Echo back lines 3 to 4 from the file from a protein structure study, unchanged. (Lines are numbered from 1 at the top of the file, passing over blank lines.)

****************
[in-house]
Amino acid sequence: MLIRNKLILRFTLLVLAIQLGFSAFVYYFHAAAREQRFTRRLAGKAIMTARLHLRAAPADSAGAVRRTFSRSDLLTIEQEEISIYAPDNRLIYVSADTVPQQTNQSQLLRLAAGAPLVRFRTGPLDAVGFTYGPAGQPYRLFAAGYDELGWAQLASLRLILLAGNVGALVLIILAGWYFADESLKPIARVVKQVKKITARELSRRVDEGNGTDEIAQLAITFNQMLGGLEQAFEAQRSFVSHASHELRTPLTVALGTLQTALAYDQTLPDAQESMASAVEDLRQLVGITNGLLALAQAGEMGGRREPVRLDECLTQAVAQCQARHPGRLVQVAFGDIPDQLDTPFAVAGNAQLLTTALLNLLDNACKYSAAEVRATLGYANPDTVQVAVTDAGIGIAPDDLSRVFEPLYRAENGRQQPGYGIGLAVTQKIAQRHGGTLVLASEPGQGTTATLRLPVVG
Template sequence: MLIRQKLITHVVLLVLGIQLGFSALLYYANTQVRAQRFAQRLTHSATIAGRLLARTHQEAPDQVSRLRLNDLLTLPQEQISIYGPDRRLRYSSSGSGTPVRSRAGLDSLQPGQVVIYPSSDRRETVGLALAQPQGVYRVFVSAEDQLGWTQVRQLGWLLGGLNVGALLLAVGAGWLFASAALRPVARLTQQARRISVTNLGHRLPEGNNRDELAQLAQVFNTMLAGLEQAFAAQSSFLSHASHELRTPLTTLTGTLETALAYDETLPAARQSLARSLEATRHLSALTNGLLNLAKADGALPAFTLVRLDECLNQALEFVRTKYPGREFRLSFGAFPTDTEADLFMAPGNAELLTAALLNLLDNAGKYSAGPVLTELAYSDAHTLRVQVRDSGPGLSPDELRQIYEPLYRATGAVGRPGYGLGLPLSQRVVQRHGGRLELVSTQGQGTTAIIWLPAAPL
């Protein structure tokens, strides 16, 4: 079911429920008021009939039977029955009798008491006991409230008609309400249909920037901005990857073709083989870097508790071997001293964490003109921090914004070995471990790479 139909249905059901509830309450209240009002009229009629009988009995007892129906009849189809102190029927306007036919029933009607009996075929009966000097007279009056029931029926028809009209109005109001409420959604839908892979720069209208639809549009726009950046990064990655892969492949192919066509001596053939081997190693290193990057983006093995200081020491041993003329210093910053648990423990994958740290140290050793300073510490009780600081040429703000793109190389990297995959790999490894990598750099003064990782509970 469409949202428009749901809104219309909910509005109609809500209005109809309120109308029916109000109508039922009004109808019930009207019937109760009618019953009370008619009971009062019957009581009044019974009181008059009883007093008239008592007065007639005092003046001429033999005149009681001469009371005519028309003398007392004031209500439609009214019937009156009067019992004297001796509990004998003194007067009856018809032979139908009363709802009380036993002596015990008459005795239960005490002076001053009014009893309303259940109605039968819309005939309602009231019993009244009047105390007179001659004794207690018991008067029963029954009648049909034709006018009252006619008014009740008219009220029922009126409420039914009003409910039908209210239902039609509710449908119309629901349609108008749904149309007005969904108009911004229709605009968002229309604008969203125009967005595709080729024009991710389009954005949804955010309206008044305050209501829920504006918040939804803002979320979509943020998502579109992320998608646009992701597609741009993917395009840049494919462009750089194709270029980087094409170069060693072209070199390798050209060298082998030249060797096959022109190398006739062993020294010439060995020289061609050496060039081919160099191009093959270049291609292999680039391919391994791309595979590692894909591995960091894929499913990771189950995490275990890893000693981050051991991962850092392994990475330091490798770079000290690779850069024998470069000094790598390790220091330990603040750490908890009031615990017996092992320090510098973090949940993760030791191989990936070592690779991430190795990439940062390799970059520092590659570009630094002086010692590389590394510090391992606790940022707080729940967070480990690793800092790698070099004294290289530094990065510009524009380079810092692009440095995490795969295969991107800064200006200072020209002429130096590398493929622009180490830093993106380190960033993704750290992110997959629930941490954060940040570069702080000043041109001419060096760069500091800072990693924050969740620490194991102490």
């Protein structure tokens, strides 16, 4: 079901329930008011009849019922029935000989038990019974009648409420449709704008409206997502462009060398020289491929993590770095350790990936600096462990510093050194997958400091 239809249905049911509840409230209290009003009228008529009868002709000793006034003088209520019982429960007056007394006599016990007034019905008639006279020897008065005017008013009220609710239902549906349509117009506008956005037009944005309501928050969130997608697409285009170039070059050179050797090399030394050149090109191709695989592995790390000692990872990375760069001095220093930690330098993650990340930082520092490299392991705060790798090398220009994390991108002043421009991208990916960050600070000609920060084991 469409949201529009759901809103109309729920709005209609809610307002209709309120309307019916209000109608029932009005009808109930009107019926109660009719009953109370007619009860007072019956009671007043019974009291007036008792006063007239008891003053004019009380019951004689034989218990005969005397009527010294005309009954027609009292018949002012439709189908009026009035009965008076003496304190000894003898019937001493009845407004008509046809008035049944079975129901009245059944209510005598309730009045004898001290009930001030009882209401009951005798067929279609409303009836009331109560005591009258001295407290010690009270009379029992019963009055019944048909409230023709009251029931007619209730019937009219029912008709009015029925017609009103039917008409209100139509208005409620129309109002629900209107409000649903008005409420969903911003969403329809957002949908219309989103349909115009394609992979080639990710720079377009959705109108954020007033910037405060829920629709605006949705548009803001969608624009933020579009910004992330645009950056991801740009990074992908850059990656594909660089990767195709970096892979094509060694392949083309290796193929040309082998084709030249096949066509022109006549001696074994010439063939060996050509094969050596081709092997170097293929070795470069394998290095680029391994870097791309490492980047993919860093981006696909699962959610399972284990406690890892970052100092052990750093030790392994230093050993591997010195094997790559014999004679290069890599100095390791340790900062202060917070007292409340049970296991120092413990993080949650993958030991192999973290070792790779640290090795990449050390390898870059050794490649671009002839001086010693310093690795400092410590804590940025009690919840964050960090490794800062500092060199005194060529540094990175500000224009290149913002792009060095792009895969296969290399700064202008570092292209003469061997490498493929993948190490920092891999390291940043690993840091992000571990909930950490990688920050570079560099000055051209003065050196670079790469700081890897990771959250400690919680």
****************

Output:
Template sequence: MLIRQKLITHVVLLVLGIQLGFSALLYYANTQVRAQRFAQRLTHSATIAGRLLARTHQEAPDQVSRLRLNDLLTLPQEQISIYGPDRRLRYSSSGSGTPVRSRAGLDSLQPGQVVIYPSSDRRETVGLALAQPQGVYRVFVSAEDQLGWTQVRQLGWLLGGLNVGALLLAVGAGWLFASAALRPVARLTQQARRISVTNLGHRLPEGNNRDELAQLAQVFNTMLAGLEQAFAAQSSFLSHASHELRTPLTTLTGTLETALAYDETLPAARQSLARSLEATRHLSALTNGLLNLAKADGALPAFTLVRLDECLNQALEFVRTKYPGREFRLSFGAFPTDTEADLFMAPGNAELLTAALLNLLDNAGKYSAGPVLTELAYSDAHTLRVQVRDSGPGLSPDELRQIYEPLYRATGAVGRPGYGLGLPLSQRVVQRHGGRLELVSTQGQGTTAIIWLPAAPL
């Protein structure tokens, strides 16, 4: 079911429920008021009939039977029955009798008491006991409230008609309400249909920037901005990857073709083989870097508790071997001293964490003109921090914004070995471990790479 139909249905059901509830309450209240009002009229009629009988009995007892129906009849189809102190029927306007036919029933009607009996075929009966000097007279009056029931029926028809009209109005109001409420959604839908892979720069209208639809549009726009950046990064990655892969492949192919066509001596053939081997190693290193990057983006093995200081020491041993003329210093910053648990423990994958740290140290050793300073510490009780600081040429703000793109190389990297995959790999490894990598750099003064990782509970 469409949202428009749901809104219309909910509005109609809500209005109809309120109308029916109000109508039922009004109808019930009207019937109760009618019953009370008619009971009062019957009581009044019974009181008059009883007093008239008592007065007639005092003046001429033999005149009681001469009371005519028309003398007392004031209500439609009214019937009156009067019992004297001796509990004998003194007067009856018809032979139908009363709802009380036993002596015990008459005795239960005490002076001053009014009893309303259940109605039968819309005939309602009231019993009244009047105390007179001659004794207690018991008067029963029954009648049909034709006018009252006619008014009740008219009220029922009126409420039914009003409910039908209210239902039609509710449908119309629901349609108008749904149309007005969904108009911004229709605009968002229309604008969203125009967005595709080729024009991710389009954005949804955010309206008044305050209501829920504006918040939804803002979320979509943020998502579109992320998608646009992701597609741009993917395009840049494919462009750089194709270029980087094409170069060693072209070199390798050209060298082998030249060797096959022109190398006739062993020294010439060995020289061609050496060039081919160099191009093959270049291609292999680039391919391994791309595979590692894909591995960091894929499913990771189950995490275990890893000693981050051991991962850092392994990475330091490798770079000290690779850069024998470069000094790598390790220091330990603040750490908890009031615990017996092992320090510098973090949940993760030791191989990936070592690779991430190795990439940062390799970059520092590659570009630094002086010692590389590394510090391992606790940022707080729940967070480990690793800092790698070099004294290289530094990065510009524009380079810092692009440095995490795969295969991107800064200006200072020209002429130096590398493929622009180490830093993106380190960033993704750290992110997959629930941490954060940040570069702080000043041109001419060096760069500091800072990693924050969740620490194991102490």